10. Desiree Anzalone

    Were I her, I would not be ordering a bunch of 8-track tapes to play in my new luxury sports car. (Or preparing my Mai Oui jingle). I would like to hear what her story is too.
  11. "Where is My Wandering Mother Tonight?" is a NEAR perfect episode, so very late in the run of the series. My big problem with the show (as I have stated MORE than one time) is that Kim invites Lucy over for the weekend but then has a date with Brian on Saturday night. Just what does she expect weekend-invitee Lucy to do during said date? This could have been taken care of with a few lines of 'misunderstanding' dialogue when Kim extends the invite. Bob and Madelyn were usually so particular about that sort of thing. I love the running B&M gag of calls to Harry always waking him up. Culminating in this, the last, one with Kim doing the calling "I'm sorry Uncle Harry. Did I wake you?" "You can't help it, dear. It's in the blood." Even with sub-standard material (of which he got PLENTY), I don't recall a bad Gale Gordon performance. When he's got great material, as he does in this one, he shines. Re: the all-important set up. Likewise "Franchise Fiasco" and the malfunctioning yogurt dispenser. It would have been a more logical payoff if when Mary Jane enters, Lucy is under the machine with a hammer trying to fix it (ala Wildcat and the Stutz) as she explains away "George and Lynn"'s absence. Those insertions of logic really do make a difference. Lucy on the runaway electric mattress would have been funny regardless but think about how much more satisfying it was when, with 10 seconds of dialogue, it was established that the newly waxed floor was so slippery Jerry could slide across it.
  12. Evidently Kate Smith was a big fan of the Pittsburgh Steelers (hockey?) and sang "God Bless America" at many of their games all the way up until her illness. In honor of Kate, the Steelers erected one of those UGLY bronze statues of her. (Has there ever been a bronze statue that was flattering?) The Steelers recently took down her statue for her racism: some offensive song she sang in the 30s. First off, let me say that I defer to those who have the right to be offended. I grew up in an all-white (except for one kid) community and did not even know the n-word was a derogatory term. We, born with white privilege, really do take it for granted and can be insensitive to how we (as a group) have treated minorities. BUT if you're going to start eliminating a performer's entire body of work (or categorize them as shamefully racist) based on one song, where does it end? Because in the 30s, and even into the 50s, everybody did it. The Marx Brothers "Day at the Races"'s number "Who Dat Man?", everything Eddie Cantor or Al Jolson and many many vaudevillians did, but also LUCY!! Remember the scene in Fuller Brush Girl when she and Eddie Albert emerge from the smokestack, their faces all darkened by soot. What music is playing in the background? "Way Down Upon the Swannee River"....the reference is not subtle. Burns & Allen: as part of a vaudeville show they participated in, someone does Eddie Cantor in blackface. The list could go on and on. And don't forget the most popular (and longest running) radio sitcom "Amos n Andy". I can see why the radio version could be considered offensive because it was two white men doing dialect. I'm less sure about the TV series controversy. Yes, Andy and "the Kingfish" were bumbling (and very so very FUNNY) , but in every episode I've seen, it's an all-black cast including prominent people: judges, policemen, etc. played by black actors. And were they any more bumbling than any number of white man portrayed in TV comedies, including the still-running "Simpsons" and "Family Guy"? A&A was pulled by CBS after only 2 highly rated seasons, but lived on for YEARS in syndication, well into the 60s. CBS finally pulled it from syndication in 1966 because of NAACP pressure. I heard about the Kate Smith controversy on Bill Maher's show this last Friday. I don't appreciate Bill referring to her TV appearances in his youth as "they'd drag that old bag out for a song. I thought she was Ethel Merman". If you look at some of Kate's 60s variety show appearances, her voice was, simply put, thrilling. For a real kick, check out Kate on the Cher Show where she, Cher and Tina Turner make the most unlikely trio since Dinah Shore, Lucy and Diana Ross. They sing a medley of Beatles tunes and Kate does not embarrass herself (but leaves the lyric "I get HIGH with a little help from my friends'" to Tina. ). But speaking of discrimination, Kate had more than her share of body shaming, a discriminatory teasing thing that is still mostly OK. Along with gay jokes. And by the way, this one black kid in grade school...he was just one of the guys, not treated any differently or taunted that I ever witnessed. His parents in all-white St. Helens, Oregon might not have had it so lucky.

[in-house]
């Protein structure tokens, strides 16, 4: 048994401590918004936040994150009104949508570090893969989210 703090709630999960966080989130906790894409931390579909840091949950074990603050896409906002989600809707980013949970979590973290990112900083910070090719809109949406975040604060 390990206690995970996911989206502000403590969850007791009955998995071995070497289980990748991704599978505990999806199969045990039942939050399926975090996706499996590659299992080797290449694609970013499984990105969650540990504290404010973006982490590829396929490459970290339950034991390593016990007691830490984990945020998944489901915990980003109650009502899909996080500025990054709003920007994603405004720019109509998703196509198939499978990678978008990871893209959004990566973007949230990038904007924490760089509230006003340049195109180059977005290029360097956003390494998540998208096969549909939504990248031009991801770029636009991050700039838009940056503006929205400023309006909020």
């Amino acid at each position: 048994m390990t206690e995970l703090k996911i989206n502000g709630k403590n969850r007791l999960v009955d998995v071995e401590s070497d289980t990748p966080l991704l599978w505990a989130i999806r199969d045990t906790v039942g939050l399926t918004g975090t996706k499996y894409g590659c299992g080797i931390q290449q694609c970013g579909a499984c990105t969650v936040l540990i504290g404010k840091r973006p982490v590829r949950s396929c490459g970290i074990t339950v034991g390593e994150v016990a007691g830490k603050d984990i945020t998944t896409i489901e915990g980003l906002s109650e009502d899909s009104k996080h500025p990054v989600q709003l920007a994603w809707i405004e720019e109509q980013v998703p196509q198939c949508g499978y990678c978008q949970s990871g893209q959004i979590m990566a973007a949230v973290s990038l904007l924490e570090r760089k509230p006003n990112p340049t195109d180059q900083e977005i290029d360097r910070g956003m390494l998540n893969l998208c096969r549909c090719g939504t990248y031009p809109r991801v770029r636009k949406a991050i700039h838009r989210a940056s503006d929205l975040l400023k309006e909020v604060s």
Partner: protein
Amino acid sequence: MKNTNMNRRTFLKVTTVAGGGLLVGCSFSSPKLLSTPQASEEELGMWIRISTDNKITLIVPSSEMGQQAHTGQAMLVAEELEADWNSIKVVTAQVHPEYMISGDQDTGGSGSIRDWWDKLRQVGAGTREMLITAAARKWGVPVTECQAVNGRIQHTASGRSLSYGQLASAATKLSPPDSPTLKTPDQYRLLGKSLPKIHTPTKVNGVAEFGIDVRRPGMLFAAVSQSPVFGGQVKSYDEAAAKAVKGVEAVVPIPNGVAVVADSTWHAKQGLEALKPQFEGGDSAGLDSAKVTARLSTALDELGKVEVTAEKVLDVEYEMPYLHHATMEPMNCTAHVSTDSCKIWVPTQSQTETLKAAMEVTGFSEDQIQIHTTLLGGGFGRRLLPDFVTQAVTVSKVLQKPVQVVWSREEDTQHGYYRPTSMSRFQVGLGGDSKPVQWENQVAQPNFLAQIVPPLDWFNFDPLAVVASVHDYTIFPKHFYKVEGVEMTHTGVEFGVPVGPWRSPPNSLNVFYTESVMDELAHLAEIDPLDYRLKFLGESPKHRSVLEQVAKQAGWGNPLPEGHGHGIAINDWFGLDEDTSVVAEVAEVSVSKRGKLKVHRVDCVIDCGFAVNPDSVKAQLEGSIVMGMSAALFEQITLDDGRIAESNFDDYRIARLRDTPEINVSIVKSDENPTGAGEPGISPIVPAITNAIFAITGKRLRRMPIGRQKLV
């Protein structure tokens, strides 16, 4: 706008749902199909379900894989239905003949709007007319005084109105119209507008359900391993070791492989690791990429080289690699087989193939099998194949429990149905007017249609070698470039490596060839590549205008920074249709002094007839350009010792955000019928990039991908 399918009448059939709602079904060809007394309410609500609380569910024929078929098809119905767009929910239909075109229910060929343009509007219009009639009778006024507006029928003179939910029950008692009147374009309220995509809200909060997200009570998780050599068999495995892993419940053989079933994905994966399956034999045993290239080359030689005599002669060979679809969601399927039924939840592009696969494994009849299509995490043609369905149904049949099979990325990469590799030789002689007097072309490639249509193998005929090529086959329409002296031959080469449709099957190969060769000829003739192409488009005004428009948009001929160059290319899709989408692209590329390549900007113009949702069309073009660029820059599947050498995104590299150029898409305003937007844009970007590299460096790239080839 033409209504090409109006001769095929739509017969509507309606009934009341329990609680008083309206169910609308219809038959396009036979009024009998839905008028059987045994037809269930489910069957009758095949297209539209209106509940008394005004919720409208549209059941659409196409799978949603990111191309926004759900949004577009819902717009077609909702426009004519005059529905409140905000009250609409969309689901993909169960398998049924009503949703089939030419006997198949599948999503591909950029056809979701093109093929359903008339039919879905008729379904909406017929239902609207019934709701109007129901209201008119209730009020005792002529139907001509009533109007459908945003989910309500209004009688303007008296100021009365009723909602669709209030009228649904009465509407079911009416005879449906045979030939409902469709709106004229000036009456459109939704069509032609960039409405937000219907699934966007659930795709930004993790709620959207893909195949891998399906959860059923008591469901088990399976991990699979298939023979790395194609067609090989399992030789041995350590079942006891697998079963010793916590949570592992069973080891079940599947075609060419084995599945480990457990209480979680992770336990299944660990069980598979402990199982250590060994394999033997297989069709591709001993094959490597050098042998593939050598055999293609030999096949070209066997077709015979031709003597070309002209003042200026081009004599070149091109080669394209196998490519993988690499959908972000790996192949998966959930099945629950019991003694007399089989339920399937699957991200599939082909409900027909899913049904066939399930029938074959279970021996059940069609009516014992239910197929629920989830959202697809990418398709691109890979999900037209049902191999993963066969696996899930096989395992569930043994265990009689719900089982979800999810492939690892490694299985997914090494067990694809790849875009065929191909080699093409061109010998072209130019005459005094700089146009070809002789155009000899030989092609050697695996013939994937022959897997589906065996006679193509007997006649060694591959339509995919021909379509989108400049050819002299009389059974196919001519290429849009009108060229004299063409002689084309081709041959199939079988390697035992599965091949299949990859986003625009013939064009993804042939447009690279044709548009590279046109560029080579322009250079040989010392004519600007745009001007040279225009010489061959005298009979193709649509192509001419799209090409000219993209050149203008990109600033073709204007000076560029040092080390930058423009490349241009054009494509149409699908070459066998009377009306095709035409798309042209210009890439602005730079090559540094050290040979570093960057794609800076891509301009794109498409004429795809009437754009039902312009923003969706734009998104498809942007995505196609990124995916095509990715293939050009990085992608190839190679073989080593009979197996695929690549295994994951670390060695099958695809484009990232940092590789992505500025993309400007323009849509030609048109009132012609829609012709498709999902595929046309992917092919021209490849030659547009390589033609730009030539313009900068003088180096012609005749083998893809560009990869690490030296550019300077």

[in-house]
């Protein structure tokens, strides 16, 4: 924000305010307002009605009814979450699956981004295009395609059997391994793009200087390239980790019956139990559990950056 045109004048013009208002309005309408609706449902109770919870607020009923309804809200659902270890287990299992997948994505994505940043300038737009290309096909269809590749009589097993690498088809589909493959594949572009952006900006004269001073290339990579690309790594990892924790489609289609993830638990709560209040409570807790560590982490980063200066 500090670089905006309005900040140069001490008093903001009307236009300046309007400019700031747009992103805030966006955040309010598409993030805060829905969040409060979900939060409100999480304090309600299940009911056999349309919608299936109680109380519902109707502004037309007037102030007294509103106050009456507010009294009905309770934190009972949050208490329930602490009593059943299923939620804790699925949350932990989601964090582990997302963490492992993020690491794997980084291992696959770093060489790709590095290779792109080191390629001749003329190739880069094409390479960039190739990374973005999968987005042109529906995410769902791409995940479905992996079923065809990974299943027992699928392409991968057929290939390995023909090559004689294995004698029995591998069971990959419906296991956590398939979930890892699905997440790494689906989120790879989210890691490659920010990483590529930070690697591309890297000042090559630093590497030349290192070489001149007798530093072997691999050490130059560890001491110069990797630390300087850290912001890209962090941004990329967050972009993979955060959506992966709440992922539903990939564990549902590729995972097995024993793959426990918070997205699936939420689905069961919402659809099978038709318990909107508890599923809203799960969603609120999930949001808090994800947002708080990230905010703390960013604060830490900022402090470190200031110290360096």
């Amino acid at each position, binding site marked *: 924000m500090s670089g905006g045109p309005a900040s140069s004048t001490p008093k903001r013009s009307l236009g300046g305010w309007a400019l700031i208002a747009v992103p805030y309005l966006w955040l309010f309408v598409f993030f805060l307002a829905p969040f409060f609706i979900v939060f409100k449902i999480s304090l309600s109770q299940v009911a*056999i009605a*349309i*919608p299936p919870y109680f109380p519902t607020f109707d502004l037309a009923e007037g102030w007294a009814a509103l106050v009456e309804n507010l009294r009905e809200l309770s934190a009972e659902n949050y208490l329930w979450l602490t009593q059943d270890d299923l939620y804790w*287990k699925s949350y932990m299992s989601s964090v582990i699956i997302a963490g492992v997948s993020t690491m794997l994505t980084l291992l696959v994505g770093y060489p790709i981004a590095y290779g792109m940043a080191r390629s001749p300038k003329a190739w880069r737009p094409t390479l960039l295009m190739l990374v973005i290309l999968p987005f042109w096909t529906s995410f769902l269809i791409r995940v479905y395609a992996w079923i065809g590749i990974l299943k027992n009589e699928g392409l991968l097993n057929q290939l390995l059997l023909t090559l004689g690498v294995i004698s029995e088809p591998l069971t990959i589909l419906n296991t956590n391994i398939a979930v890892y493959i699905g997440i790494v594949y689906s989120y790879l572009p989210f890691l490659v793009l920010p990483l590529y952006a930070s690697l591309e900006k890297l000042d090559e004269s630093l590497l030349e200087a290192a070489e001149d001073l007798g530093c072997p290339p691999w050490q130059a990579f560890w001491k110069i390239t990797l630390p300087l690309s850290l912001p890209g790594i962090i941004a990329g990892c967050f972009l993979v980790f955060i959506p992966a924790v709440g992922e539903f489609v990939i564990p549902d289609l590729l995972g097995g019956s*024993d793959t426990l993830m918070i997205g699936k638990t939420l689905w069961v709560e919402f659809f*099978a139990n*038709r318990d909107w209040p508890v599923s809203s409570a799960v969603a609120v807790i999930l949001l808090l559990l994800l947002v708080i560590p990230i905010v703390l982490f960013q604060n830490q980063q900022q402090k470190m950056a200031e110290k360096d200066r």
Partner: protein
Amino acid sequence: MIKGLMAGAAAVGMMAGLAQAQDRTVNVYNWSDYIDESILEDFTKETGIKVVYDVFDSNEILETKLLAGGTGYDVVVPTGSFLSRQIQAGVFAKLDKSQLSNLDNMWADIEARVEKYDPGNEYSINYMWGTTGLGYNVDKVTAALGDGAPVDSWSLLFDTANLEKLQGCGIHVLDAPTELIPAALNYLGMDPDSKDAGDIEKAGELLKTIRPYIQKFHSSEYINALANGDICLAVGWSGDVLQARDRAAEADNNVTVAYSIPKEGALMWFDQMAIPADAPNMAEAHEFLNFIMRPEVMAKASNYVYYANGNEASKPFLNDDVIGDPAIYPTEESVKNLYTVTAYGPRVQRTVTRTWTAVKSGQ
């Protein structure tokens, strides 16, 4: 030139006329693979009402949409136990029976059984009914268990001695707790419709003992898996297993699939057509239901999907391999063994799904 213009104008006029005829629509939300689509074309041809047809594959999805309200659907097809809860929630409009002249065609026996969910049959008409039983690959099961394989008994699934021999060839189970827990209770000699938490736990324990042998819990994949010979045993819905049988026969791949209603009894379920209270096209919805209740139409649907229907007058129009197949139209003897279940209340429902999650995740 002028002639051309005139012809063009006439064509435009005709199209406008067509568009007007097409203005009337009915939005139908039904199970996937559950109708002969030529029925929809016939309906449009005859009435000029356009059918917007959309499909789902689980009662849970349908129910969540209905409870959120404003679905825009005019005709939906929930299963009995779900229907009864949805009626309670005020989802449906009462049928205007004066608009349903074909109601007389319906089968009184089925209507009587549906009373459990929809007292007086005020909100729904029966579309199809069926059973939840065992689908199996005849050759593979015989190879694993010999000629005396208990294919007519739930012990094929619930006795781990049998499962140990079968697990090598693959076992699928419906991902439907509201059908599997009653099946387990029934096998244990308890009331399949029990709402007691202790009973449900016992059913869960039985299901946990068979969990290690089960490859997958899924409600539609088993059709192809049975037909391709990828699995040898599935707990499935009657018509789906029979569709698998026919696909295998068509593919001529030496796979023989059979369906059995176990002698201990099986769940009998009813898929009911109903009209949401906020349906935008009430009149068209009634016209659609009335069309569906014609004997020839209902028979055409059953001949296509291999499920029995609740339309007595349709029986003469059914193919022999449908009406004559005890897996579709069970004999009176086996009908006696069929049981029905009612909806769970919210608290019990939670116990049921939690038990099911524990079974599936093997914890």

13. So hard to choose, but my favorite bits: Mickey Rooney and Lucille Ball as Ichirou and Toshi Yamaguchi, Eleanor’s Japanese gardeners. Blondells Have More Fun - (for the title ALONE!) and "Desilu President Lucille Ball, upon seeing the ratings, pulls an imaginary toilet chain and flushes the show away."
  14. Somehow I missed these when first posted. Pure Brilliant-osity! So dense they can't be absorbed in one read.
  15. I can just see myself sitting in a brand new convertible listening to an 8-track stereo tape deck!